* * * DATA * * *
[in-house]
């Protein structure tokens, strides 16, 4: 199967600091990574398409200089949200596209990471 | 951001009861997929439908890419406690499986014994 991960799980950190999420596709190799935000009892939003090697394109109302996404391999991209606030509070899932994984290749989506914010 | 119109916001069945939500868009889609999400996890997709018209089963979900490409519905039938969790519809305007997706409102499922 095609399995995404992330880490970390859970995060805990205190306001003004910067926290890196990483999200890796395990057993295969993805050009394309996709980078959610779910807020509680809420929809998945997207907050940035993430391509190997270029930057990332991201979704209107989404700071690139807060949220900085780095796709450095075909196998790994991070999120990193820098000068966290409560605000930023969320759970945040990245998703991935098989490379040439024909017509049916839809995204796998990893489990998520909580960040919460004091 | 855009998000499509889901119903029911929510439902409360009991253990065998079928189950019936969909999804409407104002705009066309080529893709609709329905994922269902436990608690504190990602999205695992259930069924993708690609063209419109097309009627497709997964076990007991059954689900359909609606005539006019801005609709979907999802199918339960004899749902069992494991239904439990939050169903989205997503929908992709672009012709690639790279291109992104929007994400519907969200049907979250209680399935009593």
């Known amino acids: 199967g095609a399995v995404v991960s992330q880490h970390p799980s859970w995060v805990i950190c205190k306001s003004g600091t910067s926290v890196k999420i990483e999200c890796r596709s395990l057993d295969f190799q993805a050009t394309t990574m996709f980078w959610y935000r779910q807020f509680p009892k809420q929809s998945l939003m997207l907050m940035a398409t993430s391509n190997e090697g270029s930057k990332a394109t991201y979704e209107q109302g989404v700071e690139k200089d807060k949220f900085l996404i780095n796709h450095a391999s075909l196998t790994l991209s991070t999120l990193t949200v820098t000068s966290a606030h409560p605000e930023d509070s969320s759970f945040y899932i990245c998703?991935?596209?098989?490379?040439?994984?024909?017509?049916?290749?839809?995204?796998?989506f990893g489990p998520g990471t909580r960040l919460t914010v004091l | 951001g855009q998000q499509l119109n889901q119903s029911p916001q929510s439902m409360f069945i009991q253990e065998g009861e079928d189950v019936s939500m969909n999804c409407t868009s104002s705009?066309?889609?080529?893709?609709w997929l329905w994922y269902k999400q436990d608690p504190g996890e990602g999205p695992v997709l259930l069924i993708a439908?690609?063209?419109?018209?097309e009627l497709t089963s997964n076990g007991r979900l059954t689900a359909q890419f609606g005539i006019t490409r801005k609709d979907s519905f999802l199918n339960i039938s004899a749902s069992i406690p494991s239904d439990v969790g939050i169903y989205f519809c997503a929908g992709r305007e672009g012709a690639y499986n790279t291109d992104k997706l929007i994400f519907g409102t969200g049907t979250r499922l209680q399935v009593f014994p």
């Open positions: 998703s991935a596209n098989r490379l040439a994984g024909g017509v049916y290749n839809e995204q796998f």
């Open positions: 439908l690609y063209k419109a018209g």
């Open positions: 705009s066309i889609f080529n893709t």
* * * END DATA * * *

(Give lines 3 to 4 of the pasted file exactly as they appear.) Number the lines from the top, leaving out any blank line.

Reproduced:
């Known amino acids: 199967g095609a399995v995404v991960s992330q880490h970390p799980s859970w995060v805990i950190c205190k306001s003004g600091t910067s926290v890196k999420i990483e999200c890796r596709s395990l057993d295969f190799q993805a050009t394309t990574m996709f980078w959610y935000r779910q807020f509680p009892k809420q929809s998945l939003m997207l907050m940035a398409t993430s391509n190997e090697g270029s930057k990332a394109t991201y979704e209107q109302g989404v700071e690139k200089d807060k949220f900085l996404i780095n796709h450095a391999s075909l196998t790994l991209s991070t999120l990193t949200v820098t000068s966290a606030h409560p605000e930023d509070s969320s759970f945040y899932i990245c998703?991935?596209?098989?490379?040439?994984?024909?017509?049916?290749?839809?995204?796998?989506f990893g489990p998520g990471t909580r960040l919460t914010v004091l | 951001g855009q998000q499509l119109n889901q119903s029911p916001q929510s439902m409360f069945i009991q253990e065998g009861e079928d189950v019936s939500m969909n999804c409407t868009s104002s705009?066309?889609?080529?893709?609709w997929l329905w994922y269902k999400q436990d608690p504190g996890e990602g999205p695992v997709l259930l069924i993708a439908?690609?063209?419109?018209?097309e009627l497709t089963s997964n076990g007991r979900l059954t689900a359909q890419f609606g005539i006019t490409r801005k609709d979907s519905f999802l199918n339960i039938s004899a749902s069992i406690p494991s239904d439990v969790g939050i169903y989205f519809c997503a929908g992709r305007e672009g012709a690639y499986n790279t291109d992104k997706l929007i994400f519907g409102t969200g049907t979250r499922l209680q399935v009593f014994p």
């Open positions: 998703s991935a596209n098989r490379l040439a994984g024909g017509v049916y290749n839809e995204q796998f």